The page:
August 15, 2023

WRC Buys a Subalpine Meadow to Replenish Cutthroat Habitat

Dunton Meadows
Dunton Meadows
Photography | Mindy Lundy Kramer

High in the mountains of southwestern Colorado, Western Rivers Conservancy continues to build momentum in its efforts to protect Dunton Meadows, a critically important meadow at the headwaters of the renowned Dolores River. In May, following years of negotiation, we used interim funding to purchase the prized 159-acre Dunton Meadows tract, which spans most of this fragile high-elevation wetland. We will now hold the property until permanent funding is available to protect it in perpetuity.

Situated between the Dolores’ East and West forks, at around 10,000 feet in the San Miguel Mountains, Dunton Meadows lies at the headwaters of some of the best habitat anywhere for imperiled Colorado River cutthroat trout. The property centers on a broad wetland meadow near the southern edge of the Lizard Head Wilderness and is surrounded by national forest.

Dunton Meadows is a vibrant subalpine oasis, and its expanses of thick grasses, shrubs and willow-lined streams, including the aptly named Meadow Creek, support all manner of birds, mammals, insects and fish. As idyllic as such high meadows are to the senses, much of their ecological benefit accrues silently in places we can’t see, far underground. Wet meadows serve as cold-water sponges, collecting and holding spring snowmelt and stormwater for gradual release later in summer and fall. In the process, they filter out excess nutrients and silt to improve water quality and enrich soils. These habitats also recharge critical groundwater stores that reemerge downstream throughout the watershed as cold-water inputs and refuges for fish. And wetland meadows capture and store more carbon pound-for-pound than most other habitat types, making them invaluable conduits of climate health.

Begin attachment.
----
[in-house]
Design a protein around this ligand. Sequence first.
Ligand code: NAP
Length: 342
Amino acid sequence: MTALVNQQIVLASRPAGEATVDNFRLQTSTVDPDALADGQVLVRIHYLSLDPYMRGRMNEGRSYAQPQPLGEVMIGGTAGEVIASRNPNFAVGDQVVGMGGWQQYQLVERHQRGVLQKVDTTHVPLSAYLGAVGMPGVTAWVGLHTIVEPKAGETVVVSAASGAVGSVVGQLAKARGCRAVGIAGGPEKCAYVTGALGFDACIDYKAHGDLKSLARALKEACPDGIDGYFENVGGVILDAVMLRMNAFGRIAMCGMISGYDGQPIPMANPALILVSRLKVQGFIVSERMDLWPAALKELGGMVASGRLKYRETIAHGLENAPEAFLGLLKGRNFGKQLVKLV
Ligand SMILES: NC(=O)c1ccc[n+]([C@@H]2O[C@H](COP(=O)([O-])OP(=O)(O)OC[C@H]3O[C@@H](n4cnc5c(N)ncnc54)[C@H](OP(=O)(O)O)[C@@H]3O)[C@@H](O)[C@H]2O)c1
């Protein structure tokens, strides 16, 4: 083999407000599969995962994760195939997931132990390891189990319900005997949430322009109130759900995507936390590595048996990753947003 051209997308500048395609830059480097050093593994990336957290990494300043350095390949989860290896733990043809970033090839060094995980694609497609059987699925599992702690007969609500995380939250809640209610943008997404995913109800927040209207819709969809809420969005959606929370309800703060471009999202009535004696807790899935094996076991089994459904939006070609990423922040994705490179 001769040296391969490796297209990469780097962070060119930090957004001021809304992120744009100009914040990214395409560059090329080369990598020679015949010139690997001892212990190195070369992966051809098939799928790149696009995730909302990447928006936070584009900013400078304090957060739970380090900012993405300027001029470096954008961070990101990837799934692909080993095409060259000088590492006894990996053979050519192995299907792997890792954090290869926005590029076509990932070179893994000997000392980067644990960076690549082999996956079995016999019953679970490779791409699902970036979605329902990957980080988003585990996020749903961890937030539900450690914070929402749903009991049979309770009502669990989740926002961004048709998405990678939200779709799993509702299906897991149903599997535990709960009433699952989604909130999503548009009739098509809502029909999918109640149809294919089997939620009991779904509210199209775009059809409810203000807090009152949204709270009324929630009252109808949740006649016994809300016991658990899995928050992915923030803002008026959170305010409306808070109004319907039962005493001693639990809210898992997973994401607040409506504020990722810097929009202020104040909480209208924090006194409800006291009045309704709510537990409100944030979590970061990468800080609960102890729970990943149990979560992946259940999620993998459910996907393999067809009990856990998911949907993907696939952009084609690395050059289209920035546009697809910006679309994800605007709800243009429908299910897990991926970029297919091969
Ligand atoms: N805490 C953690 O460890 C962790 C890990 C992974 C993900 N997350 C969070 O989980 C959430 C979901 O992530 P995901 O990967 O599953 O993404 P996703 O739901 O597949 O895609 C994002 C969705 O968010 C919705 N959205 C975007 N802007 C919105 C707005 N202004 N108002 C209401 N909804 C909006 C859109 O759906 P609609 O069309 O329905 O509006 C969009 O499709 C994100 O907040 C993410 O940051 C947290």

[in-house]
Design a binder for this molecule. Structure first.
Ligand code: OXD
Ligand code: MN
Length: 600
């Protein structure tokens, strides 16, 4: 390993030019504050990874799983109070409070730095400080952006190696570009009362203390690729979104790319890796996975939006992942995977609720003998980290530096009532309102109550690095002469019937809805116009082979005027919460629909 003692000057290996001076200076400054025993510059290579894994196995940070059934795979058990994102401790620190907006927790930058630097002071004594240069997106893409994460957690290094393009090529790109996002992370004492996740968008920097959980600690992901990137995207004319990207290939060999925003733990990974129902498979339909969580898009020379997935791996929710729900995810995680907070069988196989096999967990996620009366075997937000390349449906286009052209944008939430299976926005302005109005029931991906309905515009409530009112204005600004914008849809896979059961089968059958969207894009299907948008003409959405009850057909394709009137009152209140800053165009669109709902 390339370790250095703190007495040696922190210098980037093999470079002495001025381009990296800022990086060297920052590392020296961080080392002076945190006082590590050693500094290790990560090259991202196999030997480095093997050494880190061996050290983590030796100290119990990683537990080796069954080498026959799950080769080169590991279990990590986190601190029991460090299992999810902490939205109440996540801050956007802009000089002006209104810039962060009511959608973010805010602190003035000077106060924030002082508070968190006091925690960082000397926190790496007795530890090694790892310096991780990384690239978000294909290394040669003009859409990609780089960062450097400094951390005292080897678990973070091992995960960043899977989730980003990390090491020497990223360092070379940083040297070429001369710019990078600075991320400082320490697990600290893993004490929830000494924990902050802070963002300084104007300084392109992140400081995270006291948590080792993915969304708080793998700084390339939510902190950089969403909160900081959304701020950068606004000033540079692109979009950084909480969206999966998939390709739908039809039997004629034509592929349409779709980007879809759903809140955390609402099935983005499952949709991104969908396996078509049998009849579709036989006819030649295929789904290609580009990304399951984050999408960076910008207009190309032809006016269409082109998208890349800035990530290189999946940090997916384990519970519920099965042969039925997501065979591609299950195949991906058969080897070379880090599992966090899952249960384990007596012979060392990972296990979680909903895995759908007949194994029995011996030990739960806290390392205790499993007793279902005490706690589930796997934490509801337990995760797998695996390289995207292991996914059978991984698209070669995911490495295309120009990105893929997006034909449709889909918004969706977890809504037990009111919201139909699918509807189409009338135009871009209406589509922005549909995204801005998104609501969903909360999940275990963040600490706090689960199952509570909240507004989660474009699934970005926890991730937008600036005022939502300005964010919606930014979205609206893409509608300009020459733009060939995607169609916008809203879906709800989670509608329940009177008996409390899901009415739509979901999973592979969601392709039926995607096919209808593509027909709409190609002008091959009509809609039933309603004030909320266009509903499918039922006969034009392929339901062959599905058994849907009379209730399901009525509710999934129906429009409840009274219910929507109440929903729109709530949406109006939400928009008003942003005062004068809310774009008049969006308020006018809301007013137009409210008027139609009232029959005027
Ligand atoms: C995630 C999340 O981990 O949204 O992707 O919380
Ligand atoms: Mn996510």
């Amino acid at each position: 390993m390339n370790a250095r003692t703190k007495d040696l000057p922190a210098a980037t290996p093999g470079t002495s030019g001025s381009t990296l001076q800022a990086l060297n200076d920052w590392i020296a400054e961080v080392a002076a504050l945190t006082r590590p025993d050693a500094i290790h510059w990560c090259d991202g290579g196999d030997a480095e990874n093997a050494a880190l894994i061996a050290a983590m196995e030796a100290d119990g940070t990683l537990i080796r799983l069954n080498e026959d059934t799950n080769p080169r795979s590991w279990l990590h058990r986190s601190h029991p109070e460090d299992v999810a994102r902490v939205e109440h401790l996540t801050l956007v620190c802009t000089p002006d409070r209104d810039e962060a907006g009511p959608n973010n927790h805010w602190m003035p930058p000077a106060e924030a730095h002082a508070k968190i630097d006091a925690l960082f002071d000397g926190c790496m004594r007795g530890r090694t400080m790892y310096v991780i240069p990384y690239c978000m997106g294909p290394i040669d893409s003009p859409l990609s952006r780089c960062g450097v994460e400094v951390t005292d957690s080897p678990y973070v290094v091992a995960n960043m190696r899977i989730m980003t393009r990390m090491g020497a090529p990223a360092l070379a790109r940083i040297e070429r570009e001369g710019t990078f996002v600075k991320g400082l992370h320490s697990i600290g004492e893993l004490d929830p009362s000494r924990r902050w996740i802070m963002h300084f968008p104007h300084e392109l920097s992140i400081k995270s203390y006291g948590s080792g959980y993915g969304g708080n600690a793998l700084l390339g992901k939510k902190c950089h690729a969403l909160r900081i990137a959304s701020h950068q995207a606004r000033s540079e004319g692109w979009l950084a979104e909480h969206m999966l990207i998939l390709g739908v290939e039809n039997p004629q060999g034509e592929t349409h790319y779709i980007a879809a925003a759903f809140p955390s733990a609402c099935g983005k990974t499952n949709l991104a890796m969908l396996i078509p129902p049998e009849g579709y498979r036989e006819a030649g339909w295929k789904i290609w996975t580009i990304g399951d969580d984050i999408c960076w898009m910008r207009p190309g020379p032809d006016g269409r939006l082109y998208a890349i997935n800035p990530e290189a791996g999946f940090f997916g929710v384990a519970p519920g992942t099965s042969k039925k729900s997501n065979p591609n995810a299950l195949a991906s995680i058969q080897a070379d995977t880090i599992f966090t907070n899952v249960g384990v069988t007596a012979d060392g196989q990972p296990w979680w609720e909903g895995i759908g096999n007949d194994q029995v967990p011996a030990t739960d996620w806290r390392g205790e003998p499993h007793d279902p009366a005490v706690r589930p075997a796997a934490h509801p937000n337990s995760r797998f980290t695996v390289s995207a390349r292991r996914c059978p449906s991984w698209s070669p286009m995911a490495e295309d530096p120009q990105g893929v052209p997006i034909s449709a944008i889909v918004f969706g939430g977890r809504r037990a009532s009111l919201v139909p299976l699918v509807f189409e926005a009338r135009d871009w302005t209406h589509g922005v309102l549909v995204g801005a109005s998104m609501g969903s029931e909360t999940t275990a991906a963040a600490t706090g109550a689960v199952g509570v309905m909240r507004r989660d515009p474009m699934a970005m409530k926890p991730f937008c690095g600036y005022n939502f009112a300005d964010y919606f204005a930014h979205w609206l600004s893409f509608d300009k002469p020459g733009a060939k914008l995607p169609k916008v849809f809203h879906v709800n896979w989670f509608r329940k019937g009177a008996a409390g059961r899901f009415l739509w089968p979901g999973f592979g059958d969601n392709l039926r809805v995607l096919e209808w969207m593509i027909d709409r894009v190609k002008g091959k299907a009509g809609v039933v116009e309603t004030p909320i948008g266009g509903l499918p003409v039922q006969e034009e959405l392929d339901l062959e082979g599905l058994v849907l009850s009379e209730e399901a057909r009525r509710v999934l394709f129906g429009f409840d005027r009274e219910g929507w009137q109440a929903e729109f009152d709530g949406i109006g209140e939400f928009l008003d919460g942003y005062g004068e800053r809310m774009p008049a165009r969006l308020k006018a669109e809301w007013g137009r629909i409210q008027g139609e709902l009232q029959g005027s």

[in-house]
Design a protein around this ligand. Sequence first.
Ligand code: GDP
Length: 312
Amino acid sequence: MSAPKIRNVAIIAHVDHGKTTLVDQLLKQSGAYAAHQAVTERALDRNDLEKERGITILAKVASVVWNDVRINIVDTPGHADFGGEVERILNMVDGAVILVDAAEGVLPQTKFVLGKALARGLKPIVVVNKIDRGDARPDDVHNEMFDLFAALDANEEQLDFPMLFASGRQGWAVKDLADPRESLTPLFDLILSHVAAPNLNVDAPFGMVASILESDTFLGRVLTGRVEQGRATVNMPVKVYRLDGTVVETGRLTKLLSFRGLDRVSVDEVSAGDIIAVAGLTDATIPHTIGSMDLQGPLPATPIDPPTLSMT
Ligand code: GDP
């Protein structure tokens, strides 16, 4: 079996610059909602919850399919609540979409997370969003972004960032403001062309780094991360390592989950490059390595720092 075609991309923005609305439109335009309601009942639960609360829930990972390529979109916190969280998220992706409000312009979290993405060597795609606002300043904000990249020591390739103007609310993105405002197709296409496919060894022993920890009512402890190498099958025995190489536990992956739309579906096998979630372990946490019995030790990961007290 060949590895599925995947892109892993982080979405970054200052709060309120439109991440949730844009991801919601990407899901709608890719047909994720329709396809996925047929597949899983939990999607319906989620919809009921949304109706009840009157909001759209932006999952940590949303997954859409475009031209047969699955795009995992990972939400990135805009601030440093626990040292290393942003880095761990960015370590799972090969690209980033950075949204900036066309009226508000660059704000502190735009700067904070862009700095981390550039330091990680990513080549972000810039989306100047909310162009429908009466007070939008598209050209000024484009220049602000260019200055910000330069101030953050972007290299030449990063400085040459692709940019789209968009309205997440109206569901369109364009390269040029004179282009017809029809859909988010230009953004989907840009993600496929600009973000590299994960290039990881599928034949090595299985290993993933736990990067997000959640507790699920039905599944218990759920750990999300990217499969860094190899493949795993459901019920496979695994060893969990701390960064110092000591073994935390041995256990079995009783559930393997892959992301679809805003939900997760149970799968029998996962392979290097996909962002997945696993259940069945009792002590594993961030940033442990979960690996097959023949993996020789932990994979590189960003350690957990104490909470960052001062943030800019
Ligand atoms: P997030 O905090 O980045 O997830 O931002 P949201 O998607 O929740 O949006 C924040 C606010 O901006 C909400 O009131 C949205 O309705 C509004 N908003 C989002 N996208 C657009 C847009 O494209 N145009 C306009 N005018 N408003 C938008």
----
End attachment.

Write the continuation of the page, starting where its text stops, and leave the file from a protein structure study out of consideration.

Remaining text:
Dunton Meadows feeds into a Dolores headwater tributary called Coal Creek, a stronghold for imperiled Colorado River cutthroat trout. A major reason Coal Creek remains healthy and cold is the presence of high, cold-water sponges like Dunton Meadows.

We are now working to secure funding through the Land and Water Conservation Fund to convey Dunton Meadows to the San Juan National Forest, ensuring permanent protection of the meadow and public access to several popular trails and trailheads on the property. The project is a top priority for the San Juan National Forest. By permanently protecting this outstanding property, WRC will ensure the health not only of Dunton Meadows, but of the critical cold-water streams it feeds and the ability for people to explore this high-mountain paradise.

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